Redfish and tarpon: The full moon tides offer a full day's fishing using a variety of tactics — low tides for tailing reds, high water for bait fishing schoolers and the late falling tide for tarpon.
Tactics: Tailing reds are in water 10 inches to about 2 feet. They'll move onto the flat as the tide rises and feed on crabs and shrimp. Wade fishing should get you in range. Small unweighted flies let you place your bait close to your target. Weedless jerk baits should be cast well beyond the fish and worked back into the zone, a foot or two in front of the tailer.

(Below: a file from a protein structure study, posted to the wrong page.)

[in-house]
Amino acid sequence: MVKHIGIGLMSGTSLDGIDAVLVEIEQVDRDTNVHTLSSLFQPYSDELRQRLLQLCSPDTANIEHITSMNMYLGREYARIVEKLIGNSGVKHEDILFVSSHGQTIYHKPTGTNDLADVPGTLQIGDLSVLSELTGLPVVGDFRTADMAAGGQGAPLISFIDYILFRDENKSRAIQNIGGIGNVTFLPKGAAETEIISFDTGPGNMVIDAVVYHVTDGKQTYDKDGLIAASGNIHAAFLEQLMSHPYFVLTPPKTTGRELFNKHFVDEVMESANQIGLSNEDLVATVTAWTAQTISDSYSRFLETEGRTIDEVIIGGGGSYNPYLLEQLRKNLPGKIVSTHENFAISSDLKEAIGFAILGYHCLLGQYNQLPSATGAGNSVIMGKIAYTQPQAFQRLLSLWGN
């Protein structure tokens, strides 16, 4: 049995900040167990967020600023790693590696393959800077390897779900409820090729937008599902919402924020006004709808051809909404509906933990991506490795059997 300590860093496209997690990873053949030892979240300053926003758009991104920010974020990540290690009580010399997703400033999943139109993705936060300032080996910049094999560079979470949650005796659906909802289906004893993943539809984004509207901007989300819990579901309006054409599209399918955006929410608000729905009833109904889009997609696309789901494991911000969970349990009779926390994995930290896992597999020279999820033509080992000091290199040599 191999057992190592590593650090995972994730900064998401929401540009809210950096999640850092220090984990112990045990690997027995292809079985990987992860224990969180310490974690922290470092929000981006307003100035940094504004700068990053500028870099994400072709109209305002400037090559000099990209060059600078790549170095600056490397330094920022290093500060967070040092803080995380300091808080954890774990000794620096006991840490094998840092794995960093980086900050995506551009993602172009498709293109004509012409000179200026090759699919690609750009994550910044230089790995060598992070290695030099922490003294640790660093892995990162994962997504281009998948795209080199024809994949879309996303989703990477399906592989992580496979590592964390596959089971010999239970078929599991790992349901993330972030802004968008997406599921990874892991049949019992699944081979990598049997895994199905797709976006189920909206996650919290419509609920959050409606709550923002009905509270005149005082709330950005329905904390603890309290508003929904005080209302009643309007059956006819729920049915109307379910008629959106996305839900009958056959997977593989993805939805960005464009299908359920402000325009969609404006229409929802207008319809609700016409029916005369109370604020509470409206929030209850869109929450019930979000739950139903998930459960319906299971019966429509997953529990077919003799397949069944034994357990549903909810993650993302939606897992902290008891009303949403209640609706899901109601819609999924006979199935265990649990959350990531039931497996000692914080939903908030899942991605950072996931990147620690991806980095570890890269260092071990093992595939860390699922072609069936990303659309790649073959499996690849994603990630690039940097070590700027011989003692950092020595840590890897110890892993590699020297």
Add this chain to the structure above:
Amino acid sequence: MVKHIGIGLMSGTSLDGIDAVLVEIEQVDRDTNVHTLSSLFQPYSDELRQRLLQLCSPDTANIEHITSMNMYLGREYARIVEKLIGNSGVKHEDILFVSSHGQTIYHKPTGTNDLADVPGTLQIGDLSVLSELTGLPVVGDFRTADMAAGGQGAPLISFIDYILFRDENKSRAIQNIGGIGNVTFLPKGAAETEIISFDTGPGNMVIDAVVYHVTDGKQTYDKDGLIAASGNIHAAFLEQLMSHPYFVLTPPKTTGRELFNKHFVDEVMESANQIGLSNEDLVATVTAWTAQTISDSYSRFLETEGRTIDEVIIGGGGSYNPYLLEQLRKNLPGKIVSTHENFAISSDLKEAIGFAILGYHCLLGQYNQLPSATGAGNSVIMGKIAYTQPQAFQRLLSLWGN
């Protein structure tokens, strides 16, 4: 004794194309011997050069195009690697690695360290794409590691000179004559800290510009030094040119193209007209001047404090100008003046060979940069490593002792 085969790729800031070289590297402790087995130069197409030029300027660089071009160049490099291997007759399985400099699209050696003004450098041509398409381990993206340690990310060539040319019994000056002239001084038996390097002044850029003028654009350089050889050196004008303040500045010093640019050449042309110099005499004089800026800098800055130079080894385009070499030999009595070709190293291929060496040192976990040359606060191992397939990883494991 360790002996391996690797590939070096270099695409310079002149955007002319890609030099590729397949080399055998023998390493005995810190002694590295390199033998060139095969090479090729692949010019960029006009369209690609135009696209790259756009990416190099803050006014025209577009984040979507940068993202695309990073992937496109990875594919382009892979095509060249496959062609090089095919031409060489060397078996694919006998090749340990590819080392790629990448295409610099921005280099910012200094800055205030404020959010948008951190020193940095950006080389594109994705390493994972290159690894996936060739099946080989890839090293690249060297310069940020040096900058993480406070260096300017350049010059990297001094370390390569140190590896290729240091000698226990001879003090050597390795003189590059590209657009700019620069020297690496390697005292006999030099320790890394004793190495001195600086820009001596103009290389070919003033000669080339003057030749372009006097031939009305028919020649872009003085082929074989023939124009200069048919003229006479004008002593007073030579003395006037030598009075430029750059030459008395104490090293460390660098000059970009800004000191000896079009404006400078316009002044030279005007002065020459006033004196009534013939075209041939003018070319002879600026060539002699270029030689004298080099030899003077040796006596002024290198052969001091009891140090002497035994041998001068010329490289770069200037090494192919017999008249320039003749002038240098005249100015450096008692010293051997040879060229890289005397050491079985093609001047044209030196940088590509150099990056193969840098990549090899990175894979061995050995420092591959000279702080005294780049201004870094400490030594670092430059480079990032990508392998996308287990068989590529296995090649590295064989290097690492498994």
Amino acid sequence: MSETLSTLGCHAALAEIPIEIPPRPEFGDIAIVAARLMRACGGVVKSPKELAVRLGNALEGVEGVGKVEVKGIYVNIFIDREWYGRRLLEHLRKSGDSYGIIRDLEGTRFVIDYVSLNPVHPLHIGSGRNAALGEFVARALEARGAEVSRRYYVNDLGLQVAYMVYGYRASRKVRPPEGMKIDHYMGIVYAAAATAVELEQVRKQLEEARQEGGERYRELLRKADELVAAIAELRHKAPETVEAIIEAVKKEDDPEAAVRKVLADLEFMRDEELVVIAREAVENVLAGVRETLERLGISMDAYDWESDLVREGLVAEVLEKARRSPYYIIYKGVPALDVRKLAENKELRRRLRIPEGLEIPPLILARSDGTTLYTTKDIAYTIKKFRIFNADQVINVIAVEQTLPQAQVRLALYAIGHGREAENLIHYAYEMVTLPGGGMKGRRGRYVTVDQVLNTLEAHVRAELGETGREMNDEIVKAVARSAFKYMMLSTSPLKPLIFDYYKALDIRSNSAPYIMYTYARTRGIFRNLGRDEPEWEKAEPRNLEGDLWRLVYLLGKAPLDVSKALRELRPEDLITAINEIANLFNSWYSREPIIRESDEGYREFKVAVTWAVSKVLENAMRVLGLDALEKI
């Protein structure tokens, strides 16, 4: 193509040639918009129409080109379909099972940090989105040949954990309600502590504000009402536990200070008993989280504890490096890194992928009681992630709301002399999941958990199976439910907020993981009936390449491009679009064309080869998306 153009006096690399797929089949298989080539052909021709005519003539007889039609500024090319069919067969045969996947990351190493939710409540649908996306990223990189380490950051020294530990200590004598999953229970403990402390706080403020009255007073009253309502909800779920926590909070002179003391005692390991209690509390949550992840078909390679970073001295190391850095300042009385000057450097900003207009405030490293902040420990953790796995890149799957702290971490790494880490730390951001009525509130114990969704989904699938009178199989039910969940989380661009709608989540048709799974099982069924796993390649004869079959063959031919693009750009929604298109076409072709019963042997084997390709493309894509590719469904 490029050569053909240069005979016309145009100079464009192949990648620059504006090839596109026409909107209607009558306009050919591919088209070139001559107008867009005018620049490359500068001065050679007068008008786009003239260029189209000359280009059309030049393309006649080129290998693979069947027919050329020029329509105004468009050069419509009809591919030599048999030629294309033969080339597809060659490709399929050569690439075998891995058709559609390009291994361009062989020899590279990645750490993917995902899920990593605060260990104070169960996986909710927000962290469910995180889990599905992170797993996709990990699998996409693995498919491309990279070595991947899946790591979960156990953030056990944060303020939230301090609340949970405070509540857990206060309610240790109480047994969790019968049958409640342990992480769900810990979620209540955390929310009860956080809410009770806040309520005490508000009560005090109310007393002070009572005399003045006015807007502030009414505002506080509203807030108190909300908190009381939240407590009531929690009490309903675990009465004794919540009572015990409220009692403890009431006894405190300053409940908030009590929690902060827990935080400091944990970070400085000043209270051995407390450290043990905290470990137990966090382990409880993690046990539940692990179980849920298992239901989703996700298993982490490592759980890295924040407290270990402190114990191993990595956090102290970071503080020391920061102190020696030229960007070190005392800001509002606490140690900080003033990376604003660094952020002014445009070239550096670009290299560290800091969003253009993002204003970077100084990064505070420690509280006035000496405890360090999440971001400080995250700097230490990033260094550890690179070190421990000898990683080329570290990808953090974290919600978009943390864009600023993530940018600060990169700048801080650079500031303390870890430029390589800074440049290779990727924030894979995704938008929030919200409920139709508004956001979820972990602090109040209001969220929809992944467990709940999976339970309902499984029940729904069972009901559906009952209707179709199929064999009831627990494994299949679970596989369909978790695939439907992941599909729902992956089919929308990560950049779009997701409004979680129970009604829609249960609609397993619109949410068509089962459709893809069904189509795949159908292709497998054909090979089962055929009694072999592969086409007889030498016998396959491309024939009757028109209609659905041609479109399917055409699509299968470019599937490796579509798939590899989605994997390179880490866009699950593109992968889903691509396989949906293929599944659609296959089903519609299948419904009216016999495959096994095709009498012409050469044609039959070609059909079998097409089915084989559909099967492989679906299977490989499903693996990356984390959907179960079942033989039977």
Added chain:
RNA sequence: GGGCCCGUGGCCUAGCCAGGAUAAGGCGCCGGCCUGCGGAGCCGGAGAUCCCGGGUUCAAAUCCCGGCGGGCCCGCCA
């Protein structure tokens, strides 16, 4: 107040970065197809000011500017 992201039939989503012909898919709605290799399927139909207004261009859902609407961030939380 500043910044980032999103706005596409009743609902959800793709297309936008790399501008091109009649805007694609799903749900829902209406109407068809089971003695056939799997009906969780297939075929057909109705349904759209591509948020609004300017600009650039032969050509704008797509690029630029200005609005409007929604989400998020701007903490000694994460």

On higher tides, reds tend to school near mangrove shorelines. Artificial baits work, but live baits generally are more productive. Ease down the mangroves, keeping an eye out for reds flashing or pushing head wakes. Anchor back a long cast's distance from the school, place your bait to the side of the fish and let them find it. A bait dropped too close will spook them. Pinfish and pig fish are good choices.
The last few hours of daylight will have tarpon feeding on pass crabs around bay bridges and the ship channel. Look for weed lines, dip-net a few pass crabs, put one on a stout spinning rod and drift the weed line. It's simple and straightforward, and it works.
Paul Hawkins runs FlatsGuy charters out of St. Petersburg and can be reached at (727) 560-6762.